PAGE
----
I’ve been writing about how… bad my high school experience was, starting with the fact that administration didn’t like the number of bomb threats we had been getting having opened our doors to all four high school grades for the first time and so stated that they would ignore all bomb threats in subsequent years. We went from having bomb threats sometimes three or four days per week to none, and this could seriously have gotten someone killed, especially because students became aware that the administration had made the decision to ignore — not to act on — any bomb threats. It more or less maintained that level of bad until my senior year when a freshman climbed on top of the art building shouting that he was going to kill himself, and everyone who could see what he was doing except for me and some friends began cheering at him to jump. Because we knew who he was, we had to make our way through the throng of students that were assembling in the cafeteria that morning to watch him do what he was doing to get to the student activities director’s office to tell her, and she quickly put in a call to the front office who then put in a call to emergency services because EMTs had to actually go up there and sedate him so that he could safely be brought down.
The school let him come back maybe a week later with a slap on the wrist and a “don’t do that again”.
It was around this point that he began needling at people that he thought might beat him up in response to intentionally annoying them, and he was eventually removed from active enrollment for a second and slightly longer period of time. But my high school didn’t even attempt to connect his family with services for what he… did, because he was initially back to school in a matter of days as though nothing had happened. And it didn’t even surprise me that so many students were cheering at him to jump from the building, either. I mean, that’s par for the course, especially around here, and especially as the years would go on. I don’t have that many good things to say about any of the schools that I attended in this district at all (or, well, any, heh).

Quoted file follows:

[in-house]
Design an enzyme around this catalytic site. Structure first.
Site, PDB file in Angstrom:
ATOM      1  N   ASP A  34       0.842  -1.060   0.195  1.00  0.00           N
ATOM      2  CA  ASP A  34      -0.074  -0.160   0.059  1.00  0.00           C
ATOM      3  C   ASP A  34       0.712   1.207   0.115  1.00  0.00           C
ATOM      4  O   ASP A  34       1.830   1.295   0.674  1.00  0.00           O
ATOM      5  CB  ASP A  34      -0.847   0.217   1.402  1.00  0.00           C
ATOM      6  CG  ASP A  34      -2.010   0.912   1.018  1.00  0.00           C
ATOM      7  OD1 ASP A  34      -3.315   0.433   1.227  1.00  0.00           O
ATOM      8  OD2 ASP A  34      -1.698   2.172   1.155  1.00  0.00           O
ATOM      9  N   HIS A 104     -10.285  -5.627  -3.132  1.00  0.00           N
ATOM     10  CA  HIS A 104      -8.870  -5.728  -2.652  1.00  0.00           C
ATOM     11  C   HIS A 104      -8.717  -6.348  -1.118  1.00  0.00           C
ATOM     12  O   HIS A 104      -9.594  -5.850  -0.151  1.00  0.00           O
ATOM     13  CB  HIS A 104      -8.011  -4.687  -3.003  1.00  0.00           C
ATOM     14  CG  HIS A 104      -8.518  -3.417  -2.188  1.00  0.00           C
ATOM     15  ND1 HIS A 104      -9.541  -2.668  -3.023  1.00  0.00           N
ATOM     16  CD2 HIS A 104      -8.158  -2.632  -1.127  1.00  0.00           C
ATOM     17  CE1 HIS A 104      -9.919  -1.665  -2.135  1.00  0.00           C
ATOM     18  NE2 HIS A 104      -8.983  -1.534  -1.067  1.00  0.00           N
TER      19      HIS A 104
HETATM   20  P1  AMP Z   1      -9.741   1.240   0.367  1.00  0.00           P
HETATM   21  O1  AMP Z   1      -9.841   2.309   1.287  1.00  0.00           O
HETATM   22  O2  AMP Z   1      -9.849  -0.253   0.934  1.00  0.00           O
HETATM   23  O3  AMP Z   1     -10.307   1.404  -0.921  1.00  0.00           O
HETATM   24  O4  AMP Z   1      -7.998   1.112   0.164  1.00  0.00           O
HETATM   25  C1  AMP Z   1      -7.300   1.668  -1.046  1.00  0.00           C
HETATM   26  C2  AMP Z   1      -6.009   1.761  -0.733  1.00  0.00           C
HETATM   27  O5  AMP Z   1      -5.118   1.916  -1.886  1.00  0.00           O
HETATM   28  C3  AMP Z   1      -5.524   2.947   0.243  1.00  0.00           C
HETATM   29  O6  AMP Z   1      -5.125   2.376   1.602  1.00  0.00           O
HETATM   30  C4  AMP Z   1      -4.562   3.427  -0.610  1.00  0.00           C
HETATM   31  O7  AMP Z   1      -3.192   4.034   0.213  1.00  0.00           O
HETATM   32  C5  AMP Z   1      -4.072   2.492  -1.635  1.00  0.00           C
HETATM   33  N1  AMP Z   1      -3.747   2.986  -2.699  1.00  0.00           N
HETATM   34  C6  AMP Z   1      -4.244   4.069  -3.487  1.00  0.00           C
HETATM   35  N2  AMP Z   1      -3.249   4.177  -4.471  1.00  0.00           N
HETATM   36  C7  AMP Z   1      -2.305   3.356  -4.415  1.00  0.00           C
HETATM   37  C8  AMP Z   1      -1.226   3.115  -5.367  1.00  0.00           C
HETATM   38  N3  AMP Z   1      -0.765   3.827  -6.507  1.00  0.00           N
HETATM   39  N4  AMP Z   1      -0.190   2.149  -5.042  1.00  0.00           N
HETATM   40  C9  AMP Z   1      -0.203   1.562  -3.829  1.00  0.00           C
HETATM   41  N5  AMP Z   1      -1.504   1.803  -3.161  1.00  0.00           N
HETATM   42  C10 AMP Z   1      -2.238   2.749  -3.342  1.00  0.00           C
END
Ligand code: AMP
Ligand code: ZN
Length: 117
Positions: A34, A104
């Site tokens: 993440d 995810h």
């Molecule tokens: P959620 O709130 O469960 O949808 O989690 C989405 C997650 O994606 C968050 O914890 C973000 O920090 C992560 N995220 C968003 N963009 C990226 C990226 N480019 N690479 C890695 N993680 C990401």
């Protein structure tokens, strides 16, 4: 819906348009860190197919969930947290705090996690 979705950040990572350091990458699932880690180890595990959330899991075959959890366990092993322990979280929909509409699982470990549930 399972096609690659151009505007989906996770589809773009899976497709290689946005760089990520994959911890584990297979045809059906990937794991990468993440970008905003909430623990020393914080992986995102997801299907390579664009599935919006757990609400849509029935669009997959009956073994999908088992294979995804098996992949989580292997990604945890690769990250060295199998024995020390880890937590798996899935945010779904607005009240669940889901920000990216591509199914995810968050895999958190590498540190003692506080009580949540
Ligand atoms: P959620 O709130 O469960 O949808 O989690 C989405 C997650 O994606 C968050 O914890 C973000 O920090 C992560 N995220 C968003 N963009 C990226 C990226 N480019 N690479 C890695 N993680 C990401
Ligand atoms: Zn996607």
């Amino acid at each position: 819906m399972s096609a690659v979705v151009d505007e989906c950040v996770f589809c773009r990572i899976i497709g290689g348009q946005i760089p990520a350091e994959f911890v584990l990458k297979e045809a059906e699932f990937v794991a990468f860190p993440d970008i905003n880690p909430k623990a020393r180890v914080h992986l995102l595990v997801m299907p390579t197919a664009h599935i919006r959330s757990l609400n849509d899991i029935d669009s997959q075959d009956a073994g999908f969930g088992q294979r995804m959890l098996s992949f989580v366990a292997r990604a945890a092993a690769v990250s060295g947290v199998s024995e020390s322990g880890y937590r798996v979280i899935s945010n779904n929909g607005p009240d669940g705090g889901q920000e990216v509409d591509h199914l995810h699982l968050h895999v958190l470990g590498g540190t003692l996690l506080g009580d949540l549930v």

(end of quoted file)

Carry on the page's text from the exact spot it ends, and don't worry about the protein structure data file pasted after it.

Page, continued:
My high school experience was so awful due to the school that I was zoned for, and attended, that I let the principal know at the end of my senior year when we were discussing something — that I suppose I will eventually get to — that I didn’t want the school to contact me after graduation for any reason, and I made sure to hide well enough not to be invited to my first class reunion. So far, I haven’t been contacted, which is good, and I speculate that I won’t be invited to any class reunions since I have made my desire not to attend any of them abundantly clear. To date, I am only friends with one single person that attended my high school the same time as me on Facebook, and he only attended my freshman year before his father, being in the military, was assigned somewhere else and he had to move. Anyway, getting to the actual point of this…
My high school became a four-year high school during my freshman year, and we had an almost record-setting number of bomb threats called in that year. The next year, though… radio silence. I eventually found out that a teacher had accidentally admitted to a student that all bomb threats called in that year were actively being ignored because the school administration had requested that they be ignored and no action taken on them. I would have much rathered that action be taken on bomb threats being called in when there were no bombs on campus than for there to actually be, or have been, a bomb on campus that administration “ignored” because they didn’t like having to order that the school be evacuated each time this occurred. And for the rest of the time that I was a student at this school, we didn’t have a single bomb threat, so I knew that any that were being called in were being ignored. It weren’t as though our school, or even this city, was low on crime. People could have gotten killed due to administration not wanting “inconvenience”.
We had the same principal from the school’s inception until 2006, so I can’t really speak beyond that point.